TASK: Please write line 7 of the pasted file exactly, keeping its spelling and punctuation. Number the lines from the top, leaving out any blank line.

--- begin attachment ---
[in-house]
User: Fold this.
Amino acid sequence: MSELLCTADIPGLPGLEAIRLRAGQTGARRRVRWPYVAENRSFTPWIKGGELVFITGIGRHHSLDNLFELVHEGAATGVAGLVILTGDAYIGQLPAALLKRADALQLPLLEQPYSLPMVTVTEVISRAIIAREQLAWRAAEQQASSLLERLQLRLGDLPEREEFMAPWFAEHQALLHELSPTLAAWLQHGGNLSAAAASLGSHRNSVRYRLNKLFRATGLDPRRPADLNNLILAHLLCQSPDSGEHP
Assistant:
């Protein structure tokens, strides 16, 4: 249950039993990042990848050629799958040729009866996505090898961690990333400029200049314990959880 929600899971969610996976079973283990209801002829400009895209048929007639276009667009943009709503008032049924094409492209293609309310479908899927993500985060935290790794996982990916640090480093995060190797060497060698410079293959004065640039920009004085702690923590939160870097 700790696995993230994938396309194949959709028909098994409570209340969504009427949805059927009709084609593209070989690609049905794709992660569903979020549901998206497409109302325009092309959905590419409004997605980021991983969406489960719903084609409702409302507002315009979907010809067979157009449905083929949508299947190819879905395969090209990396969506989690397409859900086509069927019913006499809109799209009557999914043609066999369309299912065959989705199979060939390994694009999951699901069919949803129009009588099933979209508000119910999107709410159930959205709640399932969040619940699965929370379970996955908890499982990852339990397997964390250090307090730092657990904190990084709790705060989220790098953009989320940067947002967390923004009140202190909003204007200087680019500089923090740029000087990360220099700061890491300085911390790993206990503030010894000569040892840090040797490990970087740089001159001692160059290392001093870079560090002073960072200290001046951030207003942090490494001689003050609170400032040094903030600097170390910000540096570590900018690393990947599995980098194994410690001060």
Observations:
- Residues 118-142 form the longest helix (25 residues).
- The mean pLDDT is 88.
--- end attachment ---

- Residues 118-142 form the longest helix (25 residues).